Book Reviews

Music and Mind in Everyday Life: A review

I have always thought that the test of a good book is whether you could hear the author in your head. When I am really absorbed in a book, be it fiction or non-fiction, I can hear the different characters voices and I have a clear picture of them speaking in my head. And although it might sound odd to some, I always find it easier to read an academic book if I can picture the author speaking. Typically I imagine a lecture-style situation, perhaps in a beautiful ornate lecture hall in one of the older European universities, where I sit in the audience and listen to the words of wisdom.

So when I picked up ‘Music and Mind in Everyday Life’ by Eric Clarke, Nicola Dibben and Stephanie Pitts (published by Oxford University Press) I had both high hopes but also a little trepidation. I have had the pleasure of being taught by all of these academics in the past so I was confident that I would have no trouble hearing their voices and getting engaged with the material. My worry stemmed from the fact that the book was written by all three of them – would I still ‘hear’ their voices? Or would the content sound like an over-edited version of the three of them?

Happily, their voices come through loud and clear. The book is cleverly structured to tap into the authors’ expertise while the overall f argument structure feels like a confident melding of the minds – as if the authors take turns being ‘expert’ and the others comment and critique along the way, in the best traditional of academic debate.

As for how the book is structured (I could be wrong of course!), first I heard Eric talking about ‘Making Music’, investigating the different psychological processes that are involved in the multitude of manifestations that make up modern musical activities. This first section discussed motivation to make music (personal and social), the development of different skills, and the intricacies of expressive performance, musical communication and improvisation/composition. Then I heard Nikki in the second section discussing ‘Using Music’, debating what we are really ‘doing’ when we listen to music: The differences between focused and background listening, and the ideas behind listening to music to enhance life. In the final section Stephanie presented ideas about lifelong musical development;  the acquisition of a musical identity, the nature of learning music both in the classroom and in instrumental lessons, and a couple of all too brief but interesting sections on topics such as transferable skills and age-related  music loss.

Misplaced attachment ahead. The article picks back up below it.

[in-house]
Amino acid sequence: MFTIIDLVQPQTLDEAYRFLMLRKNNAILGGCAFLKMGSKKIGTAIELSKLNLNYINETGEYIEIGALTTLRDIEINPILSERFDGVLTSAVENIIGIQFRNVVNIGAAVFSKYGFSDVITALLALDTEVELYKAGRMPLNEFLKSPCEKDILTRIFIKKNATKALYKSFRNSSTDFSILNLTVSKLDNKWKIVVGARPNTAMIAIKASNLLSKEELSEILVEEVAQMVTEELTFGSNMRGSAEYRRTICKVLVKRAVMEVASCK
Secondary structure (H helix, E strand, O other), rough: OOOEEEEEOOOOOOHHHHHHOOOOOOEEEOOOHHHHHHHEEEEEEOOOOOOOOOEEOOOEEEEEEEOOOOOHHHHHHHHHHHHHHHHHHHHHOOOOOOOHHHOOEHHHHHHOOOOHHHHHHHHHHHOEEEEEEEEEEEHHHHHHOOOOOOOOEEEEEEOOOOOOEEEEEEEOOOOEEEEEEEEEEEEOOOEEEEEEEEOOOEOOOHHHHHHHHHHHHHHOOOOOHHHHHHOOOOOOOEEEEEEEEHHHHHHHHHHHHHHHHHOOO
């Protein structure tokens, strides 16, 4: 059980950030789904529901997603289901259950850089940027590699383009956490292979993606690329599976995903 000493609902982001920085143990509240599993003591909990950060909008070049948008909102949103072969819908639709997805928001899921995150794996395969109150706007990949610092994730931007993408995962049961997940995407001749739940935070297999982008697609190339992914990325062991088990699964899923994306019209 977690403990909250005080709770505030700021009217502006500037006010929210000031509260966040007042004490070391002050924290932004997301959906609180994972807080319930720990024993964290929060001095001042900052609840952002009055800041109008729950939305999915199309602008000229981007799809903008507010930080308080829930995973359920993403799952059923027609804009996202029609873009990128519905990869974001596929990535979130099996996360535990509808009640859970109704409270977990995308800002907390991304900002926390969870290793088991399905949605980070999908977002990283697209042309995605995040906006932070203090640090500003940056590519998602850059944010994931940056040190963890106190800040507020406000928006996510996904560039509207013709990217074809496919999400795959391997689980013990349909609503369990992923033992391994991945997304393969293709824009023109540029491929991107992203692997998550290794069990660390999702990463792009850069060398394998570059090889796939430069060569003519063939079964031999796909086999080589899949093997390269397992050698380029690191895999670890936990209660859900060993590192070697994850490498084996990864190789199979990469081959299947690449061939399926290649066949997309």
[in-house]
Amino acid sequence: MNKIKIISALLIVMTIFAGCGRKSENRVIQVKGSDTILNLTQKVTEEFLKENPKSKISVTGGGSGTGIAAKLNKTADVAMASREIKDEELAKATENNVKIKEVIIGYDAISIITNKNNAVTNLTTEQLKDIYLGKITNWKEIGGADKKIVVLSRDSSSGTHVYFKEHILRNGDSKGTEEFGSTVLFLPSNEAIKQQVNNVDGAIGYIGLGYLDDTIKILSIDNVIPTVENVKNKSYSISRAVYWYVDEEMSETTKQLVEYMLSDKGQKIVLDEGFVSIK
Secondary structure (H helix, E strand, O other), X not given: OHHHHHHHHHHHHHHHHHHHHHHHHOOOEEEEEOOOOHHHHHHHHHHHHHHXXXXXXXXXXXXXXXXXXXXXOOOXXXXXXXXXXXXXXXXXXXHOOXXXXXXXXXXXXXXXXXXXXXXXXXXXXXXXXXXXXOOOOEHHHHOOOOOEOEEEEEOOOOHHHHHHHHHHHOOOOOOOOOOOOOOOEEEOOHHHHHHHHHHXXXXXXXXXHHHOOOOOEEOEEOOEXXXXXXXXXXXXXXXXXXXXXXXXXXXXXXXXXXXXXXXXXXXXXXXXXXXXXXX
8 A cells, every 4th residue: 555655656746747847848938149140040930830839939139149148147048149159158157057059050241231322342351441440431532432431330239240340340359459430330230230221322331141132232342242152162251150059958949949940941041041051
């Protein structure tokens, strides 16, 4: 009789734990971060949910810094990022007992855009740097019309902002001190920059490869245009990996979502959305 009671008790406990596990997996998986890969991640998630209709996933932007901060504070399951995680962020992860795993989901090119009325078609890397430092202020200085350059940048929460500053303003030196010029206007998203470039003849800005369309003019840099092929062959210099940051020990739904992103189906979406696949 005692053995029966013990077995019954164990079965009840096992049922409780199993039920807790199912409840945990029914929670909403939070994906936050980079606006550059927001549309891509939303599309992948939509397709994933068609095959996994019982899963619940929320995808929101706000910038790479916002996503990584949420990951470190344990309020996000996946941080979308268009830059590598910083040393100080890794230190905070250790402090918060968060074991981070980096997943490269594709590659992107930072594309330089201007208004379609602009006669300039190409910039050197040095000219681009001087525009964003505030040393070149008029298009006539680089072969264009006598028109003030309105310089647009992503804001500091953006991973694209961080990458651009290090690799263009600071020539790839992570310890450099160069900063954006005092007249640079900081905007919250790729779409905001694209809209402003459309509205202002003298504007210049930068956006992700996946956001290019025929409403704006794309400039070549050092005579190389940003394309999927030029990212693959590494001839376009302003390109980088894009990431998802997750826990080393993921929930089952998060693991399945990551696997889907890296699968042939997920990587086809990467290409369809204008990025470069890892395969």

The authors set themselves an ambitious target with the framework of this book. It covers a lot of ground. But the way in which the authors encompass the topics is, to my mind, very unique in the world of music psychology literature. Reading the chapters took me back to my days under their tutelage at Sheffield University in the UK.  Whatever the topic, the authors move seamlessly between relevant findings from the worlds of musicology, music psychology, cognitive psychology, neuroscience, ethnomusicology, sociology and  anthropology.

The mixture may seem light at times, as the authors have opted to present a broad range of concepts over in-depth analysis of any one study in particular. But this book is more about ideas than exhaustive analysis. Along with this theme, references are kept to footnotes. There are also wonderful little asides, stories that help to illustrate points from a real life perspective. My personal favourite is little Ralph (p. 142)

I became very keen on the conversational tone of this book as I read. In the end, instead of picturing myself in a lecture hall I imagined myself sitting with Eric over coffee, talking to Nikki in the park or listening to Stephanie as I travelled home after work on the bus. They presented me with challenges to my ideas about music psychology. Together in my mind we debated the limits of academic study and music psychology as a discipline, rejoiced in important old and new discoveries, and dreamt up the experiments of the future.

This book got me thinking about the subject that drives my mind every day. I enjoyed it very much.

See here for an interview with the authors

One Comment

  • Dougie Clarkson

    Thank you for introducing me to the wanderful world of music psychology.
    I am always interested in reading of this kind, having just finished “Musicophelia” by Sax I will look this out.